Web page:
The pharmacogenetics of body odor

as easy as ABCC?

    Research output: Contribution to journalArticle

    3 Citations (Scopus)

    Abstract

    ABCC11 genotype affects apocrine secretory cell function and determines individual body odor phenotype. Rodriguez et al. have applied genetic epidemiology using predetermined phenotype data to demonstrate an association between a single-nucleotide polymorphism (rs17822931) and the human behavior of deodorant application. Individuals with the ABCC11 genotype predicting a nonodorous phenotype report a significantly lower frequency of deodorant use.
    Original languageEnglish
    Pages (from-to)1709-1711
    Number of pages3
    JournalJournal of Investigative Dermatology
    Volume133
    Issue number7
    DOIs
    Publication statusPublished - Jul 2013

    Fingerprint

    Deodorants
    Pharmacogenetics
    Odors
    Phenotype
    Polymorphism
    Genotype
    Molecular Epidemiology
    Nucleotides
    Single Nucleotide Polymorphism
    Odorants

    Cite this

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    title = "The pharmacogenetics of body odor: as easy as ABCC?",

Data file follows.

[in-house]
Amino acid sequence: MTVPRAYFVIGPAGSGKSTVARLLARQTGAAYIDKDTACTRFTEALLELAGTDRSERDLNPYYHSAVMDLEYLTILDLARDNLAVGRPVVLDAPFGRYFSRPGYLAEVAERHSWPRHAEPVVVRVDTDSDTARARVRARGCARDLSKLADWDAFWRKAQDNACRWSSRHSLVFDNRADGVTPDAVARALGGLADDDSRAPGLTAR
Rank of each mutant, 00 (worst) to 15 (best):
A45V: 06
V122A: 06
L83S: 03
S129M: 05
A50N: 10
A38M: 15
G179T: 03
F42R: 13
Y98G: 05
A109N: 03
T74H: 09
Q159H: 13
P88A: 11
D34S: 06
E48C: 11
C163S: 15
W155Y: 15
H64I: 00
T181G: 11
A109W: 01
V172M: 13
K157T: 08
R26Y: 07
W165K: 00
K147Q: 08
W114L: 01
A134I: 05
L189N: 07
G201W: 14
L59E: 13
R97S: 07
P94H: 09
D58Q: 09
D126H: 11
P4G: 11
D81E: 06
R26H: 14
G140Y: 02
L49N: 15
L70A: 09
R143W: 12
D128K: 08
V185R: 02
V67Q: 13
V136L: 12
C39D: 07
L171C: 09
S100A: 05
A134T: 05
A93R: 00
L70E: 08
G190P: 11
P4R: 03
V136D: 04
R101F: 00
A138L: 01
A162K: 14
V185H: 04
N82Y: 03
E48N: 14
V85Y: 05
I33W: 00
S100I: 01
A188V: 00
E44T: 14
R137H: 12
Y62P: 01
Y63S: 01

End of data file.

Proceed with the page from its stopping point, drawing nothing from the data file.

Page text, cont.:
abstract = "ABCC11 genotype affects apocrine secretory cell function and determines individual body odor phenotype. Rodriguez et al. have applied genetic epidemiology using predetermined phenotype data to demonstrate an association between a single-nucleotide polymorphism (rs17822931) and the human behavior of deodorant application. Individuals with the ABCC11 genotype predicting a nonodorous phenotype report a significantly lower frequency of deodorant use.",
    author = "Sara Brown",
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    language = "English",
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    pages = "1709--1711",
    journal = "Journal of Investigative Dermatology",
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    publisher = "Nature Publishing Group",
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    }

    The pharmacogenetics of body odor : as easy as ABCC? / Brown, Sara.

    In: Journal of Investigative Dermatology, Vol. 133, No. 7, 07.2013, p. 1709-1711.

    Research output: Contribution to journalArticle

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    AB - ABCC11 genotype affects apocrine secretory cell function and determines individual body odor phenotype. Rodriguez et al. have applied genetic epidemiology using predetermined phenotype data to demonstrate an association between a single-nucleotide polymorphism (rs17822931) and the human behavior of deodorant application. Individuals with the ABCC11 genotype predicting a nonodorous phenotype report a significantly lower frequency of deodorant use.

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